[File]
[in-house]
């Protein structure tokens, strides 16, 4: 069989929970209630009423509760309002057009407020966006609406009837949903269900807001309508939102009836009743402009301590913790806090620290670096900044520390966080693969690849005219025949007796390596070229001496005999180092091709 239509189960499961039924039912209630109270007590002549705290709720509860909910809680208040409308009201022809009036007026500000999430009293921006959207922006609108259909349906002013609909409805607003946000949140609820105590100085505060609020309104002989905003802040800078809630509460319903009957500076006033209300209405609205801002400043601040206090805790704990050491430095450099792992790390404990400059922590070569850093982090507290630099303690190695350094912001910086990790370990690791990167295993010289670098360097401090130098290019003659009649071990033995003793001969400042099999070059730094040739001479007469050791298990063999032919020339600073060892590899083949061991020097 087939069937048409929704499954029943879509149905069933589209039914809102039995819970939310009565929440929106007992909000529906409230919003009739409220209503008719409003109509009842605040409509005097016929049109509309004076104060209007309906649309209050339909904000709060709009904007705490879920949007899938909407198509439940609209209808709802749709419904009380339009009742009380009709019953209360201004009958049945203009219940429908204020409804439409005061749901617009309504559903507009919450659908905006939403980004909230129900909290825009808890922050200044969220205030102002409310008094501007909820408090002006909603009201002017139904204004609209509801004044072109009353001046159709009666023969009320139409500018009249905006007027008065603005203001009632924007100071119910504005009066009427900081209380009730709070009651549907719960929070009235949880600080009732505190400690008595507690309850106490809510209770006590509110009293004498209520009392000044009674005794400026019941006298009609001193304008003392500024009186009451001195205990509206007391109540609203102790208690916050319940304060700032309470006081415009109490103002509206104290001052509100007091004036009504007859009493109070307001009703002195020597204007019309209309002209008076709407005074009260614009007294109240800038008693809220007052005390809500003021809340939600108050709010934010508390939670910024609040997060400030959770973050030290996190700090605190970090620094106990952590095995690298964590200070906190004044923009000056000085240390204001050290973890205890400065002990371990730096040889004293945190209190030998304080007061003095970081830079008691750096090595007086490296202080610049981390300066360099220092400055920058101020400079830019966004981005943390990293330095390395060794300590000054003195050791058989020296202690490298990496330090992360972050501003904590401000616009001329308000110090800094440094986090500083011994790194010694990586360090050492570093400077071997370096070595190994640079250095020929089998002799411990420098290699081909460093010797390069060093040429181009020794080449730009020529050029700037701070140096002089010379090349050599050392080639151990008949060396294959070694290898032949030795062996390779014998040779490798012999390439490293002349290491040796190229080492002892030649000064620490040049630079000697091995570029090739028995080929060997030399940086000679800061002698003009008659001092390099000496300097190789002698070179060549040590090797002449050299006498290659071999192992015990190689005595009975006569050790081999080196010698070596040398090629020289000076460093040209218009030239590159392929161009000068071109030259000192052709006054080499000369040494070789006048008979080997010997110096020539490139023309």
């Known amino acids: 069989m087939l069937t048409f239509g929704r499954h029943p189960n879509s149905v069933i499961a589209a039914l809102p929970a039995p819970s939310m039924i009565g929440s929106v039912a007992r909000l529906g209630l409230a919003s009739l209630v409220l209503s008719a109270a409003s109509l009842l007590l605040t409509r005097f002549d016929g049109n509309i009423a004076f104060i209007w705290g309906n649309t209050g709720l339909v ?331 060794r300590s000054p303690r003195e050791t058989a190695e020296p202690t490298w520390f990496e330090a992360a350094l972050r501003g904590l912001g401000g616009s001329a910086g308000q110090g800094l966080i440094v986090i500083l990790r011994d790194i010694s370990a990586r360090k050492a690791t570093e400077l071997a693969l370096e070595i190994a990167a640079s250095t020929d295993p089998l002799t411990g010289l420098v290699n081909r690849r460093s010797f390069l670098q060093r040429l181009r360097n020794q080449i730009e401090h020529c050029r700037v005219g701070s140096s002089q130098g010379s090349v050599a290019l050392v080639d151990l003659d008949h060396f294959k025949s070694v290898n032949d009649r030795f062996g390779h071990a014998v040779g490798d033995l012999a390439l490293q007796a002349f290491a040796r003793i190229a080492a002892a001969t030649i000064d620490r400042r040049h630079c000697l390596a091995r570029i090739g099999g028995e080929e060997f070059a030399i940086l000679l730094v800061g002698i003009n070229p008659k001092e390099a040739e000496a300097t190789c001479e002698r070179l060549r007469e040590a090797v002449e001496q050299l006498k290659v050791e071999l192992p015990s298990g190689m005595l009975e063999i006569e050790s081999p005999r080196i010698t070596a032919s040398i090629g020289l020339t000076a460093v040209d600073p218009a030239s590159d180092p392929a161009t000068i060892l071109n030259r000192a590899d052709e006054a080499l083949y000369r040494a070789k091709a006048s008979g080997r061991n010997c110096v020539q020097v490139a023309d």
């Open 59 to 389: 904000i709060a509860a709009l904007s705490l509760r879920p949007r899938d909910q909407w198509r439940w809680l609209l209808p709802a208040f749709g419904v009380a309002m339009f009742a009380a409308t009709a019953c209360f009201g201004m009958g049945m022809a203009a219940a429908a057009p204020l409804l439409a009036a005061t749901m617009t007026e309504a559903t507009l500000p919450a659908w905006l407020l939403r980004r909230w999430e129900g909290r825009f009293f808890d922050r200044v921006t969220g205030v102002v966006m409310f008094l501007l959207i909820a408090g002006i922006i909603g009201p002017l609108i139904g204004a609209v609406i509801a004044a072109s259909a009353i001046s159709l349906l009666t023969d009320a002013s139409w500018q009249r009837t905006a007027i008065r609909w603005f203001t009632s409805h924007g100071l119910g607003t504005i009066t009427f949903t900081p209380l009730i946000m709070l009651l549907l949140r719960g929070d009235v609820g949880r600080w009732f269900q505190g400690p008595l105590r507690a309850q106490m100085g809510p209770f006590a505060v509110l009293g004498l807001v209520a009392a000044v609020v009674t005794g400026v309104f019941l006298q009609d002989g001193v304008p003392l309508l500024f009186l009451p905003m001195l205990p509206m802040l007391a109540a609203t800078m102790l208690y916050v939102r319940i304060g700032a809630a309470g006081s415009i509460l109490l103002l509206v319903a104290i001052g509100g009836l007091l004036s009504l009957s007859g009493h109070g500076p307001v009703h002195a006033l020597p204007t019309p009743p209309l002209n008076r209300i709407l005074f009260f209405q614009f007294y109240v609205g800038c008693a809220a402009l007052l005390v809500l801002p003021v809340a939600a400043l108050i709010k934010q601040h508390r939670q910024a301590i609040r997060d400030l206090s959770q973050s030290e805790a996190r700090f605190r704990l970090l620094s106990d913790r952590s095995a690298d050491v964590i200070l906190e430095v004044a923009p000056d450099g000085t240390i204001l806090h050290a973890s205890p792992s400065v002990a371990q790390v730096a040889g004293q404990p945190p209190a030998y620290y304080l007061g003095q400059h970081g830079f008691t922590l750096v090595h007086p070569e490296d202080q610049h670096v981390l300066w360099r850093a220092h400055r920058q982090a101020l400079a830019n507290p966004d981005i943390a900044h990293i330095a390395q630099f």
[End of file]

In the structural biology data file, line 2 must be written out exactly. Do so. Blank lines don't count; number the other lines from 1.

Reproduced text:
């Protein structure tokens, strides 16, 4: 069989929970209630009423509760309002057009407020966006609406009837949903269900807001309508939102009836009743402009301590913790806090620290670096900044520390966080693969690849005219025949007796390596070229001496005999180092091709 239509189960499961039924039912209630109270007590002549705290709720509860909910809680208040409308009201022809009036007026500000999430009293921006959207922006609108259909349906002013609909409805607003946000949140609820105590100085505060609020309104002989905003802040800078809630509460319903009957500076006033209300209405609205801002400043601040206090805790704990050491430095450099792992790390404990400059922590070569850093982090507290630099303690190695350094912001910086990790370990690791990167295993010289670098360097401090130098290019003659009649071990033995003793001969400042099999070059730094040739001479007469050791298990063999032919020339600073060892590899083949061991020097 087939069937048409929704499954029943879509149905069933589209039914809102039995819970939310009565929440929106007992909000529906409230919003009739409220209503008719409003109509009842605040409509005097016929049109509309004076104060209007309906649309209050339909904000709060709009904007705490879920949007899938909407198509439940609209209808709802749709419904009380339009009742009380009709019953209360201004009958049945203009219940429908204020409804439409005061749901617009309504559903507009919450659908905006939403980004909230129900909290825009808890922050200044969220205030102002409310008094501007909820408090002006909603009201002017139904204004609209509801004044072109009353001046159709009666023969009320139409500018009249905006007027008065603005203001009632924007100071119910504005009066009427900081209380009730709070009651549907719960929070009235949880600080009732505190400690008595507690309850106490809510209770006590509110009293004498209520009392000044009674005794400026019941006298009609001193304008003392500024009186009451001195205990509206007391109540609203102790208690916050319940304060700032309470006081415009109490103002509206104290001052509100007091004036009504007859009493109070307001009703002195020597204007019309209309002209008076709407005074009260614009007294109240800038008693809220007052005390809500003021809340939600108050709010934010508390939670910024609040997060400030959770973050030290996190700090605190970090620094106990952590095995690298964590200070906190004044923009000056000085240390204001050290973890205890400065002990371990730096040889004293945190209190030998304080007061003095970081830079008691750096090595007086490296202080610049981390300066360099220092400055920058101020400079830019966004981005943390990293330095390395060794300590000054003195050791058989020296202690490298990496330090992360972050501003904590401000616009001329308000110090800094440094986090500083011994790194010694990586360090050492570093400077071997370096070595190994640079250095020929089998002799411990420098290699081909460093010797390069060093040429181009020794080449730009020529050029700037701070140096002089010379090349050599050392080639151990008949060396294959070694290898032949030795062996390779014998040779490798012999390439490293002349290491040796190229080492002892030649000064620490040049630079000697091995570029090739028995080929060997030399940086000679800061002698003009008659001092390099000496300097190789002698070179060549040590090797002449050299006498290659071999192992015990190689005595009975006569050790081999080196010698070596040398090629020289000076460093040209218009030239590159392929161009000068071109030259000192052709006054080499000369040494070789006048008979080997010997110096020539490139023309």